John Martin said that was why he and many other investors have not built more renewable energy in Australia.

“It’s just too risky. If you generate renewable energy and it’s going to get wasted, why invest here? Why deploy capital here?” he said.

Mr Corbell said that, if the government fixed the transmission network, investors would fllock to the market.

“The number-one issue facing investors that the new government needs to address is access to transmission,” he said.

Bringing communities on board

That message was heard by Labor before the election, and is now central to the government’s climate plan.

“The missing piece has been transmission: getting the energy from where it’s produced to where it’s going to be consumed,” federal Climate Change and Energy Minister Chris Bowen told the ABC.

Shadow Treasurer Chris Bowen takes a question at a press conference
Energy Minister Chris Bowen says shifting to renewable energy is vital.(ABC News: Matt Roberts)

Rather than focus on subsiding renewable energy generation, the government is investing $20 billion in modernizing the transmission network.

That money is intended to help get 10,000 kilometers of transmission lines built, which AEMO said was urgent and essential for unlocking renewable energy zones around the country.

However, it’s that massive rollout that could leave the government at loggerheads with communities like the one the Myers live in.

Most of the community there want the transmission wires buried underground where they will be out of sight. They say underground transmission will be safer in the event of severe weather and bushfires, and will have less impact on farming.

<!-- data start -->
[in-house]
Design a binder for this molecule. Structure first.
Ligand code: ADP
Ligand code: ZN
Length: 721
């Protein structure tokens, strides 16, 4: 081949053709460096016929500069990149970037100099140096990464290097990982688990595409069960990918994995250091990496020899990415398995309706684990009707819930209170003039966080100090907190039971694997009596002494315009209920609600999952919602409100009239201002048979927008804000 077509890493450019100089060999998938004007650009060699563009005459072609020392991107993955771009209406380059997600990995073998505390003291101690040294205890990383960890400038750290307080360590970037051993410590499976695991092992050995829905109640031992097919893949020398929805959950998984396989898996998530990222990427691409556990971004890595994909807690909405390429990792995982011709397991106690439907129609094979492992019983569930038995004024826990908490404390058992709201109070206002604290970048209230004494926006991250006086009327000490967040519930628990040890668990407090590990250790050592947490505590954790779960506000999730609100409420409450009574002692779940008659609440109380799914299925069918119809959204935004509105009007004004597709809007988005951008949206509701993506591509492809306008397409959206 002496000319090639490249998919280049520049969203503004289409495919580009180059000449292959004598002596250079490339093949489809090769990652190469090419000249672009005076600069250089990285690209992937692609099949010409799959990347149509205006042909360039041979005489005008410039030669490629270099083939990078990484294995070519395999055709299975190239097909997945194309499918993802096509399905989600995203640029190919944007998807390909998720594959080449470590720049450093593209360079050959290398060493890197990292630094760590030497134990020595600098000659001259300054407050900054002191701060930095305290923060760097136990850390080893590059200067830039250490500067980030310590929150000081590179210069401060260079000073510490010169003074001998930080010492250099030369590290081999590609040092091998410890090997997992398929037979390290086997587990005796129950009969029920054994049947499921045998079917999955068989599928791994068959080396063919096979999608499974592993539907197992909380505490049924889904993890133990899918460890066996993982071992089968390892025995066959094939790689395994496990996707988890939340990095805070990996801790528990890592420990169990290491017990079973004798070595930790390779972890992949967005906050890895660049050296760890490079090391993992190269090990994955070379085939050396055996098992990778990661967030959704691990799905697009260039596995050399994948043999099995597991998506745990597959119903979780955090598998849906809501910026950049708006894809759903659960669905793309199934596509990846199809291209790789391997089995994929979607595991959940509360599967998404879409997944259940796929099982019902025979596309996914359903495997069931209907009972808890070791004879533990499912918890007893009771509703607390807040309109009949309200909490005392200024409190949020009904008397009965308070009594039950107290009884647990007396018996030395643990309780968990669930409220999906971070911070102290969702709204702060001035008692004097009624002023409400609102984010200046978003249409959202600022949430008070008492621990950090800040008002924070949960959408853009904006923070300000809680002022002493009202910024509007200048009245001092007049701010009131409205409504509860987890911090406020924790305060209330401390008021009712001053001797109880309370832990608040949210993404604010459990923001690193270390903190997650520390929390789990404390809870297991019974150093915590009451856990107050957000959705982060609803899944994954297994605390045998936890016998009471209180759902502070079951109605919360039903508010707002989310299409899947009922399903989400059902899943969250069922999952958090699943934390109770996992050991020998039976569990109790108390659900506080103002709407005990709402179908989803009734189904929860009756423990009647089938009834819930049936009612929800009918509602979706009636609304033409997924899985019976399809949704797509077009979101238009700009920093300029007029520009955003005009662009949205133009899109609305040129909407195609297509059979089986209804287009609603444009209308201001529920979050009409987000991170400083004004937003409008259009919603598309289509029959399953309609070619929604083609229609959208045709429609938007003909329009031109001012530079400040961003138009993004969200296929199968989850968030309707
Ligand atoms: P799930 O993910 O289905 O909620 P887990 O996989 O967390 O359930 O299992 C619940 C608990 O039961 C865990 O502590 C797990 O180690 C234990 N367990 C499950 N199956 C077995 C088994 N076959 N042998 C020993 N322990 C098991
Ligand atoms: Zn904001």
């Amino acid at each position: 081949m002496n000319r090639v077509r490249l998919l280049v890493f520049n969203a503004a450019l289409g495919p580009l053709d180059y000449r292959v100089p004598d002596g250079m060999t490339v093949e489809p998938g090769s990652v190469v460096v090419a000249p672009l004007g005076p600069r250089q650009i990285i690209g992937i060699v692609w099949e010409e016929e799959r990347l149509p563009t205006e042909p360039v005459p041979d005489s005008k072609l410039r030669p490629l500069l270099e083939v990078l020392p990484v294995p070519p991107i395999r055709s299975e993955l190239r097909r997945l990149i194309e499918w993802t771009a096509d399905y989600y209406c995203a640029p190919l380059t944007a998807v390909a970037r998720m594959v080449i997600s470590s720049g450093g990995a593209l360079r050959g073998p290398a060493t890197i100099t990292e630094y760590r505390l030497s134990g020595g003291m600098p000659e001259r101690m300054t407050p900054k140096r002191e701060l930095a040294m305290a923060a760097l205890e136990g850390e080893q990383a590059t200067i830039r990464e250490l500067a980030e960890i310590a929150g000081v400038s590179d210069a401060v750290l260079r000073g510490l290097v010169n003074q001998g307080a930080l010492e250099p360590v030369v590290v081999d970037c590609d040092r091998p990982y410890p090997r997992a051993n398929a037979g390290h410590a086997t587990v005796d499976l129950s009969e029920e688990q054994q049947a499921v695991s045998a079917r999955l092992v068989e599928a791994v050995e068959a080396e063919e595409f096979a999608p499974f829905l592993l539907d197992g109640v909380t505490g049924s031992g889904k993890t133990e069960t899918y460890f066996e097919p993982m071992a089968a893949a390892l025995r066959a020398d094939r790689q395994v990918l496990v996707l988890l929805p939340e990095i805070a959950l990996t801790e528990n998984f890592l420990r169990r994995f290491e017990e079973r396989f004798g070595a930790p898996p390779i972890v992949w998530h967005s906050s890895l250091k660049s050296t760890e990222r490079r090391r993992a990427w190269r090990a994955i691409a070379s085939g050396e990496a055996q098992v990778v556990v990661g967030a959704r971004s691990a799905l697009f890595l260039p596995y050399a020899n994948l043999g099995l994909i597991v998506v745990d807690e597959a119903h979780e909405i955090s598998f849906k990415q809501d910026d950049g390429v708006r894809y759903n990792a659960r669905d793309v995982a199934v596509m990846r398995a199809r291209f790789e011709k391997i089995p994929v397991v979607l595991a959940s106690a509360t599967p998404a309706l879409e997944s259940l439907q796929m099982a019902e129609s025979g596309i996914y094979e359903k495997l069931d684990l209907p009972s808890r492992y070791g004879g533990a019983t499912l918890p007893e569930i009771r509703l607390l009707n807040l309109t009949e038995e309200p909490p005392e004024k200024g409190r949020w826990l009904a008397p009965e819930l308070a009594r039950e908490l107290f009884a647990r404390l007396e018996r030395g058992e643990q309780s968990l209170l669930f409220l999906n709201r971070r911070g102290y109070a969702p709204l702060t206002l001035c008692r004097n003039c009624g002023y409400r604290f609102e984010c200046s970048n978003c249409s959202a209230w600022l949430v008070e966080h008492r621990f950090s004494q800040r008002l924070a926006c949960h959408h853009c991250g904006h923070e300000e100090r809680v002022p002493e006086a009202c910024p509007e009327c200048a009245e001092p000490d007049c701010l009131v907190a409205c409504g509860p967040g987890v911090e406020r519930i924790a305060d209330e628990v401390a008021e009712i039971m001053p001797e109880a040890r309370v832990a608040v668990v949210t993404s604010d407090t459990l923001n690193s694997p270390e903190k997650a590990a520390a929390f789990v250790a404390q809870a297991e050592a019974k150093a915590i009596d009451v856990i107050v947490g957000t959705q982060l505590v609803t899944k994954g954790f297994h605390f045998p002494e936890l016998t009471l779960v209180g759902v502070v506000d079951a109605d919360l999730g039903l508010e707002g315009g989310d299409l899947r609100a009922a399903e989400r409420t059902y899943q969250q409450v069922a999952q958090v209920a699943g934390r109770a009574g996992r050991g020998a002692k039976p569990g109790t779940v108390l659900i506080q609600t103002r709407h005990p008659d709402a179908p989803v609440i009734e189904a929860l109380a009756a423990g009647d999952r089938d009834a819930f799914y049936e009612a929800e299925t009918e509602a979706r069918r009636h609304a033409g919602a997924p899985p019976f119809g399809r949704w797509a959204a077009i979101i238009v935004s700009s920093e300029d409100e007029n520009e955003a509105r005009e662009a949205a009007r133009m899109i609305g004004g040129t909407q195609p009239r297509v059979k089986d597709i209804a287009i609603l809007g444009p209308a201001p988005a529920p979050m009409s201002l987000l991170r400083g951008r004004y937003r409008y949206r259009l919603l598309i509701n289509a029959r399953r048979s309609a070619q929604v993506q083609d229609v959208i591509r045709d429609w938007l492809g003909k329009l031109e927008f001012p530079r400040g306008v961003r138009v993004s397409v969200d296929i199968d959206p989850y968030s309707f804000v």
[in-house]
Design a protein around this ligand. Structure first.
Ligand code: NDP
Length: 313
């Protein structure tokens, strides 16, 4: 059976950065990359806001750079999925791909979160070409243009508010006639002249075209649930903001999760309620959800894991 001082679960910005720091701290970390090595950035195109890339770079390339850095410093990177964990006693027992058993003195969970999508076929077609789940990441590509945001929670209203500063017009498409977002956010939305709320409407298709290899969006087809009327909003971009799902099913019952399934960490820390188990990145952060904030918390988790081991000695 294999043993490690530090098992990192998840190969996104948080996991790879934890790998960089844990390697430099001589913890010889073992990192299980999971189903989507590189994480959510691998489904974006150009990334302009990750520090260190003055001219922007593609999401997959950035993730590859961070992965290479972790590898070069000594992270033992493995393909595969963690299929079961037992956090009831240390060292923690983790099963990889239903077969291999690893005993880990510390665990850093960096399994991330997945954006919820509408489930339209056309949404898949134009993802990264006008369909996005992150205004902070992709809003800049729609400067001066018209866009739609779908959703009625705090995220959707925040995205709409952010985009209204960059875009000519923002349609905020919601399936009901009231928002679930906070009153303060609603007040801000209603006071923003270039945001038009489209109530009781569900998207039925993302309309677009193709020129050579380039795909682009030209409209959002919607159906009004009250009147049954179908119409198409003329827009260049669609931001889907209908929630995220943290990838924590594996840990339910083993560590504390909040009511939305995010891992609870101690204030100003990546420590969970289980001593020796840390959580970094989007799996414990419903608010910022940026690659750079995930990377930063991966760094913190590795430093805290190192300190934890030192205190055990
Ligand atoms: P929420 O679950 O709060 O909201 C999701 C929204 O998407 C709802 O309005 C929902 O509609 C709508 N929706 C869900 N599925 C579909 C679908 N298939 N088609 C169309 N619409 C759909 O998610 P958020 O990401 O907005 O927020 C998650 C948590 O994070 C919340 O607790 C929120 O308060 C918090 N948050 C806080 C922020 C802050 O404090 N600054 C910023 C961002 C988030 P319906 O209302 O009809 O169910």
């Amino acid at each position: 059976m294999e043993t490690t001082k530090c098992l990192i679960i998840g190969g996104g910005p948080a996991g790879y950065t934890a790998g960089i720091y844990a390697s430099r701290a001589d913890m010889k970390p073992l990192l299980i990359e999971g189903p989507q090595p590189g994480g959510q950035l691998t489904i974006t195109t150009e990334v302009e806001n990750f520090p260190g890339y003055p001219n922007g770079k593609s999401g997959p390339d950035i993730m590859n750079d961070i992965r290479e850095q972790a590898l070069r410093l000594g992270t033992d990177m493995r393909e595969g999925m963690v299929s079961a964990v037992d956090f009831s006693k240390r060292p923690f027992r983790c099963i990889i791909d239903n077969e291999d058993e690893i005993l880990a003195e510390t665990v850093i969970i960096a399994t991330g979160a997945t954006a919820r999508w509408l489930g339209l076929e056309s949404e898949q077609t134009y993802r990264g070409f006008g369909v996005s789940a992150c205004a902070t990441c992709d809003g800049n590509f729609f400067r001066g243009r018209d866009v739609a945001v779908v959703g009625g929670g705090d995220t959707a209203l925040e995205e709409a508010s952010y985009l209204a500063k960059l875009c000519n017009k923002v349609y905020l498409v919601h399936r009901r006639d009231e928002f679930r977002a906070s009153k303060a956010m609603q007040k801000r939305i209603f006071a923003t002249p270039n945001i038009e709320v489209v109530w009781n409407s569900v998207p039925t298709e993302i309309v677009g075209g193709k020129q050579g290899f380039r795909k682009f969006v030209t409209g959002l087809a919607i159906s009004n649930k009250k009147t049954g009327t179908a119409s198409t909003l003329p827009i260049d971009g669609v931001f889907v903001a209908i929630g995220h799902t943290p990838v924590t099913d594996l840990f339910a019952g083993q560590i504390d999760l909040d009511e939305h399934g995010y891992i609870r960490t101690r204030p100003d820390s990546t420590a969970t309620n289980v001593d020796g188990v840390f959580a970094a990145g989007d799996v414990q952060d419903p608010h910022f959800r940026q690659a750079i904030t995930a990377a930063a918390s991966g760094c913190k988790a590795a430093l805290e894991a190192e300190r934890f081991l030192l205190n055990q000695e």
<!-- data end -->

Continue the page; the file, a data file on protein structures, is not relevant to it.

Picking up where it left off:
Farmer David Myers sorts through a bin of potatoes, while his grandchildren watch on.
Farmer David Myers sorts through potatoes, while his grandchildren watch on.(ABC News: Loretta Florance)

Ausnet, the energy company proposing the transmission lines in western Victoria, told the ABC it will continue to work with impacted communities to “understand their priorities and how local benefits can be incorporated into this project”.

“The project is continuing to investigate partial undergrounding options as part of the Environment Effects Statement, which will be lodged later this year,” the statement said.

Hundreds of farmers who oppose the WVTNP gathered at Parliament house.
In March, hundreds of farmers went to Melbourne to protest against the Western Victoria Transmission Network Project.(ABC Rural: Jane McNaughton)

Few communities would be happy with giant transmission lines cutting through their streets, fields or forests, and Minister Bowen says he understands consultations with communities need to be improved.

“Communities think, at the moment, that when they’re consulted, it’s basically a fait accompli: The decision’s already been taken as to where the lines will go,” he said.

“And you know what? They’re often right.”

Energy shift one of Australia’s ‘biggest changes’

Everyone the ABC spoke to for this story — politicians, investors and community members — said Australia needed to overhaul the regulations governing how transmission projects are decided.

The most significant change needed, they said, relates to the regulatory investment test for transmission (RIT-T), which outlines the considerations for a proposed transmission project.

Before the election, Labor promised to change that, and Minister Bowen said that was still a priority.

“I’m absolutely determined that we improve the process,” he said.

“It was designed for small additions to transmission, not for the sort of transformation [increment] that we need to undertake across the country.

“It’s more important than ever that we do get it right.”

Three generations of one family stand at a farm gate, backs to camera, and look towards a potato crop and rolling hills.
Three generations of the Myers family look towards where the high voltage powerlines are proposed to be constructed.(ABC News: Loretta Florance)

Minister Bowen said navigating these issues was essential as Australia headed towards net zero emissions.

“It’s one of the biggest changes our economy has ever contemplated having to do,” he said.

Mr Martin said he was optimism the government’s targets would be beaten.

“We’ll meet the three magic goals: We’ll have much-lower cost electricity than we’re seeing at the moment. It’ll be far more reliable and we’ll be supporting decarbonisation,” he says.

“And I think in the next 10 years we can really crack this in the electricity industry.”